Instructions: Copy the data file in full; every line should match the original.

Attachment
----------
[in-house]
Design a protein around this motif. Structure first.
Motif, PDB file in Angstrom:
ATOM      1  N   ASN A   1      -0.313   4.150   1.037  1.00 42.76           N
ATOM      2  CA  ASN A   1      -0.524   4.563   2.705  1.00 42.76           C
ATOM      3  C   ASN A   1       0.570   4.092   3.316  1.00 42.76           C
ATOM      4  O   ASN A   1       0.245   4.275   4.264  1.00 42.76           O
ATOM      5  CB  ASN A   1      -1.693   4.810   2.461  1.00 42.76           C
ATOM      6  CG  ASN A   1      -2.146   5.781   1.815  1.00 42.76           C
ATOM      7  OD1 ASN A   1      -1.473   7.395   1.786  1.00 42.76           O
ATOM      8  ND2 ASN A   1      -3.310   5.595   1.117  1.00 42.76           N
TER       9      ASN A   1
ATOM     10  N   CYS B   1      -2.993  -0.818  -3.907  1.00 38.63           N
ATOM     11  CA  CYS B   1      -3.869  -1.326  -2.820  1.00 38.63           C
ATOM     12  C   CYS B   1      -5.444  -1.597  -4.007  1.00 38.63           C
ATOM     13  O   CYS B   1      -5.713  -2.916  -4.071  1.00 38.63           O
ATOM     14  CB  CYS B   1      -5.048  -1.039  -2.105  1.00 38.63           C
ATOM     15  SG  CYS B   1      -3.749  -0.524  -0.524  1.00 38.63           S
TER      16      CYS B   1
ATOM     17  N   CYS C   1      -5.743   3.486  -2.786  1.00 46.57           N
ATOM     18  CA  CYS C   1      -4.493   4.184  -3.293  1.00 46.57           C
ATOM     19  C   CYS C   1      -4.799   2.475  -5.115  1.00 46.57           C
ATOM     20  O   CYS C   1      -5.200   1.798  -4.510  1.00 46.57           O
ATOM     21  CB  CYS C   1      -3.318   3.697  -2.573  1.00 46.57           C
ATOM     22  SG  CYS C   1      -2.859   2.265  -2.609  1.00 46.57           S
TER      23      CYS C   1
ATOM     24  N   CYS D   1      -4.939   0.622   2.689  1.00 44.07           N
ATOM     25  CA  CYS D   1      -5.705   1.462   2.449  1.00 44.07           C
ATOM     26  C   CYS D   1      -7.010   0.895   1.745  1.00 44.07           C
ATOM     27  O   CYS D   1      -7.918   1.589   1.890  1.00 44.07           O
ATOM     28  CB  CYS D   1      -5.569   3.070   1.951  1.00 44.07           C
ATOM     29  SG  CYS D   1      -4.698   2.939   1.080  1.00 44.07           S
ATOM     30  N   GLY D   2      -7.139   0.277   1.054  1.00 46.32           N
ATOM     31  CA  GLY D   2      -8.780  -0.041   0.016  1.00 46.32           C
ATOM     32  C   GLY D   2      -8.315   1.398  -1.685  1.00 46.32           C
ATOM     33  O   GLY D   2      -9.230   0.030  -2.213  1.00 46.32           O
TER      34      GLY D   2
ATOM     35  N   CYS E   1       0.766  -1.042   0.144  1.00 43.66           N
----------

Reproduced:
[in-house]
Design a protein around this motif. Structure first.
Motif, PDB file in Angstrom:
ATOM      1  N   ASN A   1      -0.313   4.150   1.037  1.00 42.76           N
ATOM      2  CA  ASN A   1      -0.524   4.563   2.705  1.00 42.76           C
ATOM      3  C   ASN A   1       0.570   4.092   3.316  1.00 42.76           C
ATOM      4  O   ASN A   1       0.245   4.275   4.264  1.00 42.76           O
ATOM      5  CB  ASN A   1      -1.693   4.810   2.461  1.00 42.76           C
ATOM      6  CG  ASN A   1      -2.146   5.781   1.815  1.00 42.76           C
ATOM      7  OD1 ASN A   1      -1.473   7.395   1.786  1.00 42.76           O
ATOM      8  ND2 ASN A   1      -3.310   5.595   1.117  1.00 42.76           N
TER       9      ASN A   1
ATOM     10  N   CYS B   1      -2.993  -0.818  -3.907  1.00 38.63           N
ATOM     11  CA  CYS B   1      -3.869  -1.326  -2.820  1.00 38.63           C
ATOM     12  C   CYS B   1      -5.444  -1.597  -4.007  1.00 38.63           C
ATOM     13  O   CYS B   1      -5.713  -2.916  -4.071  1.00 38.63           O
ATOM     14  CB  CYS B   1      -5.048  -1.039  -2.105  1.00 38.63           C
ATOM     15  SG  CYS B   1      -3.749  -0.524  -0.524  1.00 38.63           S
TER      16      CYS B   1
ATOM     17  N   CYS C   1      -5.743   3.486  -2.786  1.00 46.57           N
ATOM     18  CA  CYS C   1      -4.493   4.184  -3.293  1.00 46.57           C
ATOM     19  C   CYS C   1      -4.799   2.475  -5.115  1.00 46.57           C
ATOM     20  O   CYS C   1      -5.200   1.798  -4.510  1.00 46.57           O
ATOM     21  CB  CYS C   1      -3.318   3.697  -2.573  1.00 46.57           C
ATOM     22  SG  CYS C   1      -2.859   2.265  -2.609  1.00 46.57           S
TER      23      CYS C   1
ATOM     24  N   CYS D   1      -4.939   0.622   2.689  1.00 44.07           N
ATOM     25  CA  CYS D   1      -5.705   1.462   2.449  1.00 44.07           C
ATOM     26  C   CYS D   1      -7.010   0.895   1.745  1.00 44.07           C
ATOM     27  O   CYS D   1      -7.918   1.589   1.890  1.00 44.07           O
ATOM     28  CB  CYS D   1      -5.569   3.070   1.951  1.00 44.07           C
ATOM     29  SG  CYS D   1      -4.698   2.939   1.080  1.00 44.07           S
ATOM     30  N   GLY D   2      -7.139   0.277   1.054  1.00 46.32           N
ATOM     31  CA  GLY D   2      -8.780  -0.041   0.016  1.00 46.32           C
ATOM     32  C   GLY D   2      -8.315   1.398  -1.685  1.00 46.32           C
ATOM     33  O   GLY D   2      -9.230   0.030  -2.213  1.00 46.32           O
TER      34      GLY D   2
ATOM     35  N   CYS E   1       0.766  -1.042   0.144  1.00 43.66           N